Climate Change? Blame Canada
Photo Credit: Adopt A Negotiator
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What has happened to Canada? To the dismay of many Canadians, a country with an international reputation for its relatively progressive environmental policies (at least compared to the United States) is rushing headlong to dig up all the oil, gas, and coal it can. The country’s leaders can scarcely muster the effort to pretend to want to limit greenhouse gas emissions. And the Canadian media has largely gone along with the program. Put it all together, and you have a country that has become a full-blown petro state.
People are starting to notice. Last December at the UN climate talks in Durban, South Africa, Canada beat out tough contenders like Saudi Arabia and the US to be elected "Colossal Fossil" by environmental campaigners from around the planet. Canada had the dishonor of being the most uncooperative country out of 193 nations at the climate summit. It was the fifth year in a row that international environmental groups gave Canada their 'highest' award for its consistent efforts to block any agreement on reducing carbon emissions.
By contrast, the European Union managed to persuade the rest of the world to breathe life into the Kyoto Protocol, the only international agreement to reduce. Less than 24 hours after those very difficult climates talks ended, Canada declared it wanted no part of Kyoto, a treaty it had once championed.
During the two weeks following its announced withdrawal from Kyoto, Canada approved expansions of tar sands operations by oil giants Exxon, France's Total, and Canada's Suncor. Those multi-billion-dollar expansions are expected to increase tar sands oil output by one million barrels per day by 2020. That will result in an additional 220 million tons of carbon dioxide being emitted into the atmosphere annually from both the energy-intensive tar sands production process and burning the resulting gasoline and diesel. Well-to-tank greenhouse gas emissions from Canadian tar sands crudes are 72 to 111 percent higher than the conventional oils, according to a May study from the US Congressional Research Service.
Those three expansion projects alone will generate more climate-damaging emissions than the annual emissions of sizeable economies such as Argentina and the Netherlands.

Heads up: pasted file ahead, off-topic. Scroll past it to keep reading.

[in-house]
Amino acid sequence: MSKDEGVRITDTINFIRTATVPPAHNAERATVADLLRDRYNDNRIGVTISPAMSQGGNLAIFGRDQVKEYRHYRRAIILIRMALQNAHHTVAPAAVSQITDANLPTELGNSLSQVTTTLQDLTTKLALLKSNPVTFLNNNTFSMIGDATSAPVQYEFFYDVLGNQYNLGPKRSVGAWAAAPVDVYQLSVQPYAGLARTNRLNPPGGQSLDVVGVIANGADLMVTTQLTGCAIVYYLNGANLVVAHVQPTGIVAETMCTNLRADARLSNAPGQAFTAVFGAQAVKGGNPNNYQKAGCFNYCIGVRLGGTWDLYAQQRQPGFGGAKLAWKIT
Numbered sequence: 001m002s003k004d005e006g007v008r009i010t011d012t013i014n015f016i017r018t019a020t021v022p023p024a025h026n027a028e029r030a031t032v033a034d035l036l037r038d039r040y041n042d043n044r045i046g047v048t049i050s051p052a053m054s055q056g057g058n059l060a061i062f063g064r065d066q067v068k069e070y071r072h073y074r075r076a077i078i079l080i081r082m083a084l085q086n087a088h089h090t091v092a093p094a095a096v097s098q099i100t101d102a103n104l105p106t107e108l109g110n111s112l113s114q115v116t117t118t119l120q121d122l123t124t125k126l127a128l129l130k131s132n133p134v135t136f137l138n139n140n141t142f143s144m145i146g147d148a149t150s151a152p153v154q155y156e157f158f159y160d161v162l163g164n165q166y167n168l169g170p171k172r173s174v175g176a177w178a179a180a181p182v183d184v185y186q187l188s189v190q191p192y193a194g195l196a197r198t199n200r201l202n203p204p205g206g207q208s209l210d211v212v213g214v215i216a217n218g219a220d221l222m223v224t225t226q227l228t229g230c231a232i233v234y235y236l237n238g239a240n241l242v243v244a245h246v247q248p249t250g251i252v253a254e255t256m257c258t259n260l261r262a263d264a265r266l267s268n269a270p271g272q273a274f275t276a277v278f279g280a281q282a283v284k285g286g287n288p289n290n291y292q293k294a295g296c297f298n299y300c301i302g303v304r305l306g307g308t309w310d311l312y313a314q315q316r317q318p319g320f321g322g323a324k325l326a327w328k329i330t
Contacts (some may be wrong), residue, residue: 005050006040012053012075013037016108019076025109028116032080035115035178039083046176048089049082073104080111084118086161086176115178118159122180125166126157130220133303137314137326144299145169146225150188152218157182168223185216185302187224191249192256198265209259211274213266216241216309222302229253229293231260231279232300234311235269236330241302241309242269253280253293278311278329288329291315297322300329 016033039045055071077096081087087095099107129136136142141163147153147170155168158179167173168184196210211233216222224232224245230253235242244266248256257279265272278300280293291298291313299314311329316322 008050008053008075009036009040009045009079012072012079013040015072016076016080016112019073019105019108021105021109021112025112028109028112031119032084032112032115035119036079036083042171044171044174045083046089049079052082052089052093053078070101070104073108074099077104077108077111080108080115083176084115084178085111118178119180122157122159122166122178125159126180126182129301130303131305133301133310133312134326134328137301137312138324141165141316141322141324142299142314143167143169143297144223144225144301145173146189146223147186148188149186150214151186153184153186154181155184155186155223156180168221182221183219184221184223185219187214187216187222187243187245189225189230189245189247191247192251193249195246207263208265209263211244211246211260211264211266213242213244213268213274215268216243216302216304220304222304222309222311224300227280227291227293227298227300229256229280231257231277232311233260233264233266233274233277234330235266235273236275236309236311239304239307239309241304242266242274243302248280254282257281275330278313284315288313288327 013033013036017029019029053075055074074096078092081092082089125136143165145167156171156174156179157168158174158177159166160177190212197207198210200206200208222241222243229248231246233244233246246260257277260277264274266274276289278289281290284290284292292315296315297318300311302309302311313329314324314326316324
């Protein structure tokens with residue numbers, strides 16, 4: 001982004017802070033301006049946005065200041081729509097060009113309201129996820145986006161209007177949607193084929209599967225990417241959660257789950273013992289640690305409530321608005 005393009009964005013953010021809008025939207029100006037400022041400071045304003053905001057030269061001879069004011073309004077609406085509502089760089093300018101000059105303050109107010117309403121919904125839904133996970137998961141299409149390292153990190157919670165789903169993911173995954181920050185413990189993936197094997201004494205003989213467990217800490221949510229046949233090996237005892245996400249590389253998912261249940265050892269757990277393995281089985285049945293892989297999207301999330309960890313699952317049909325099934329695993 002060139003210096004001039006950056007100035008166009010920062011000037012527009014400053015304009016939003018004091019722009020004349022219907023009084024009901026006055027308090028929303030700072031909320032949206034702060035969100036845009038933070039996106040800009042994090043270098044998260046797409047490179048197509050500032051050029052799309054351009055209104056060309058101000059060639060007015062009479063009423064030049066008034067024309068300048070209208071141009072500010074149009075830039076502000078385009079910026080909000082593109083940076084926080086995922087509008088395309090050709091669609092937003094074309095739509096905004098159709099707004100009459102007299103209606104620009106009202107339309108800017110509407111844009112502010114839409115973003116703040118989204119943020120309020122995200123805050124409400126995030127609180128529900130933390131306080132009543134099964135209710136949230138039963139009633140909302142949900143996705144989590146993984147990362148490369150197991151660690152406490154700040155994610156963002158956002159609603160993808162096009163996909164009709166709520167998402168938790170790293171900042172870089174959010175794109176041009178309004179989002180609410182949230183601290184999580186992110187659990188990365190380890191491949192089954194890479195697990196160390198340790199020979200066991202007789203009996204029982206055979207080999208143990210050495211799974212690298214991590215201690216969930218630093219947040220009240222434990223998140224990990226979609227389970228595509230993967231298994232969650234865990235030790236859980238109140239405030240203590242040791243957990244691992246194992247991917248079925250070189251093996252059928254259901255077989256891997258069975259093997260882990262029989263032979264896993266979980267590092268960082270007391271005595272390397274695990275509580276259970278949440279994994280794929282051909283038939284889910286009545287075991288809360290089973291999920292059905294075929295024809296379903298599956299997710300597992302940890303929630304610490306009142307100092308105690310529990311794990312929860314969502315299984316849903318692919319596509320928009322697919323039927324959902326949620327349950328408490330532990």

"My early Christmas present to myself — and to Canada — was to exercise our legal right to get out of the Kyoto Protocol," Peter Kent, Canada's Minister of the Environment, said in a speech in Calgary, Alberta on January 26. Under the 1997 Kyoto Protocol, Canada promised to reduce its emissions six percent below 1990 levels by 2012. In 2010, Canadian emissions were at least 26 percent greater than in 1990.
"It really wasn't a tough decision," Kent said.
A Fossil Fuel Industry Takeover
What's happened to Canada is that it has experienced a steady takeover by the fossil fuel industry. Canada's is now the world's sixth largest crude oil producer and the biggest supplier of oil to the US. Canada is also the third largest producer of natural gas and one of the top ten miners of coal. This enormous boom in fossil fuel production has been underway since the late 1990s. Like Saudi Arabia, fossil energy is by far Canada's biggest export and has become the dominant economic and political focus.
Prime Minister Stephen Harper made this perfectly clear in 2006 when he proudly proclaimed Canada as "the emerging energy superpower" during a G8 meeting. Harper, the son of an oil company executive, heads the Conservative party that has pulled Canada sharply to the right. Prior to entering politics, Harper was the climate-change denying head of a right-wing lobby group. Not surprisingly, his government has done little to reduce Canada's carbon emissions, which are among the fastest growing in world. By contrast, US emissions declined in recent years.